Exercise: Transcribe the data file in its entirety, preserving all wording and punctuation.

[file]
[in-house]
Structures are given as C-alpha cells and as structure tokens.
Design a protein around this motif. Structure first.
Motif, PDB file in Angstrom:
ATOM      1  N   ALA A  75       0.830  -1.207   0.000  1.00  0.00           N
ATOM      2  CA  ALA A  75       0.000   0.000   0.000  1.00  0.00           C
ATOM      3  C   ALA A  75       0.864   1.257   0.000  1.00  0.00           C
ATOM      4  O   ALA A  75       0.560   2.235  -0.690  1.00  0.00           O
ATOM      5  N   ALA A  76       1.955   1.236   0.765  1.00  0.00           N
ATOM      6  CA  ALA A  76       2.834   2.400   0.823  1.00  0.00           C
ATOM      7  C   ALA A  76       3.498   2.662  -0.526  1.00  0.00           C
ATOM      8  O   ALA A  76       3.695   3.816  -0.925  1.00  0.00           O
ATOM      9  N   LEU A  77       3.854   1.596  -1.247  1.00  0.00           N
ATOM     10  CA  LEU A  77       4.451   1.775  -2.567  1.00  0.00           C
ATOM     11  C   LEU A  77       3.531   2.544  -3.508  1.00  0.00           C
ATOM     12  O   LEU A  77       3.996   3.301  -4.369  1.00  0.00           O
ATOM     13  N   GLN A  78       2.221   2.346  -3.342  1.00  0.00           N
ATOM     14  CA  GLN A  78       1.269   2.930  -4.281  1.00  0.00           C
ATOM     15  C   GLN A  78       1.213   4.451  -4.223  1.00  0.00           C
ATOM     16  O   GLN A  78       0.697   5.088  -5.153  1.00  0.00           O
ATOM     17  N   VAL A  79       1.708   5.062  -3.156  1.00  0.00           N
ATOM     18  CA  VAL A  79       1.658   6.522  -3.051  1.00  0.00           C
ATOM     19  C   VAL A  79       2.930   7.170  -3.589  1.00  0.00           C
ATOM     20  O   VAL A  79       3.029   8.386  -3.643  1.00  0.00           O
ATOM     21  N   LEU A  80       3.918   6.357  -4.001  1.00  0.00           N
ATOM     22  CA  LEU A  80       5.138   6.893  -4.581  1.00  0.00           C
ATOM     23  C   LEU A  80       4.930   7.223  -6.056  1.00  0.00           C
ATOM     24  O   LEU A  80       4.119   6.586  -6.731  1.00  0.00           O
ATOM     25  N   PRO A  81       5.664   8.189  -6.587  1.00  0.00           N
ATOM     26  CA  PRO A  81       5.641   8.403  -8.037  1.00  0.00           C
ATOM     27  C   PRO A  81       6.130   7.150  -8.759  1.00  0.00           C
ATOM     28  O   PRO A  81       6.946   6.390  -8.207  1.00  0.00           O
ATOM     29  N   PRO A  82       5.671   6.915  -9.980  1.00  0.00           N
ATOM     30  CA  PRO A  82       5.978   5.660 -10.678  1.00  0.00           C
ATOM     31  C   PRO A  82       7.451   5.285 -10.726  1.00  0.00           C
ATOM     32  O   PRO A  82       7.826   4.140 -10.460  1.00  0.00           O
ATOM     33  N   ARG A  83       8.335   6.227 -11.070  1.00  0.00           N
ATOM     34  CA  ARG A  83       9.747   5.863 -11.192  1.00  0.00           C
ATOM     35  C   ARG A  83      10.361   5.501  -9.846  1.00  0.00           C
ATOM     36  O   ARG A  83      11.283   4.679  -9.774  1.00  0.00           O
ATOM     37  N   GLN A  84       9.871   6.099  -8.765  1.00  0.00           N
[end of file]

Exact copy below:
[in-house]
Structures are given as C-alpha cells and as structure tokens.
Design a protein around this motif. Structure first.
Motif, PDB file in Angstrom:
ATOM      1  N   ALA A  75       0.830  -1.207   0.000  1.00  0.00           N
ATOM      2  CA  ALA A  75       0.000   0.000   0.000  1.00  0.00           C
ATOM      3  C   ALA A  75       0.864   1.257   0.000  1.00  0.00           C
ATOM      4  O   ALA A  75       0.560   2.235  -0.690  1.00  0.00           O
ATOM      5  N   ALA A  76       1.955   1.236   0.765  1.00  0.00           N
ATOM      6  CA  ALA A  76       2.834   2.400   0.823  1.00  0.00           C
ATOM      7  C   ALA A  76       3.498   2.662  -0.526  1.00  0.00           C
ATOM      8  O   ALA A  76       3.695   3.816  -0.925  1.00  0.00           O
ATOM      9  N   LEU A  77       3.854   1.596  -1.247  1.00  0.00           N
ATOM     10  CA  LEU A  77       4.451   1.775  -2.567  1.00  0.00           C
ATOM     11  C   LEU A  77       3.531   2.544  -3.508  1.00  0.00           C
ATOM     12  O   LEU A  77       3.996   3.301  -4.369  1.00  0.00           O
ATOM     13  N   GLN A  78       2.221   2.346  -3.342  1.00  0.00           N
ATOM     14  CA  GLN A  78       1.269   2.930  -4.281  1.00  0.00           C
ATOM     15  C   GLN A  78       1.213   4.451  -4.223  1.00  0.00           C
ATOM     16  O   GLN A  78       0.697   5.088  -5.153  1.00  0.00           O
ATOM     17  N   VAL A  79       1.708   5.062  -3.156  1.00  0.00           N
ATOM     18  CA  VAL A  79       1.658   6.522  -3.051  1.00  0.00           C
ATOM     19  C   VAL A  79       2.930   7.170  -3.589  1.00  0.00           C
ATOM     20  O   VAL A  79       3.029   8.386  -3.643  1.00  0.00           O
ATOM     21  N   LEU A  80       3.918   6.357  -4.001  1.00  0.00           N
ATOM     22  CA  LEU A  80       5.138   6.893  -4.581  1.00  0.00           C
ATOM     23  C   LEU A  80       4.930   7.223  -6.056  1.00  0.00           C
ATOM     24  O   LEU A  80       4.119   6.586  -6.731  1.00  0.00           O
ATOM     25  N   PRO A  81       5.664   8.189  -6.587  1.00  0.00           N
ATOM     26  CA  PRO A  81       5.641   8.403  -8.037  1.00  0.00           C
ATOM     27  C   PRO A  81       6.130   7.150  -8.759  1.00  0.00           C
ATOM     28  O   PRO A  81       6.946   6.390  -8.207  1.00  0.00           O
ATOM     29  N   PRO A  82       5.671   6.915  -9.980  1.00  0.00           N
ATOM     30  CA  PRO A  82       5.978   5.660 -10.678  1.00  0.00           C
ATOM     31  C   PRO A  82       7.451   5.285 -10.726  1.00  0.00           C
ATOM     32  O   PRO A  82       7.826   4.140 -10.460  1.00  0.00           O
ATOM     33  N   ARG A  83       8.335   6.227 -11.070  1.00  0.00           N
ATOM     34  CA  ARG A  83       9.747   5.863 -11.192  1.00  0.00           C
ATOM     35  C   ARG A  83      10.361   5.501  -9.846  1.00  0.00           C
ATOM     36  O   ARG A  83      11.283   4.679  -9.774  1.00  0.00           O
ATOM     37  N   GLN A  84       9.871   6.099  -8.765  1.00  0.00           N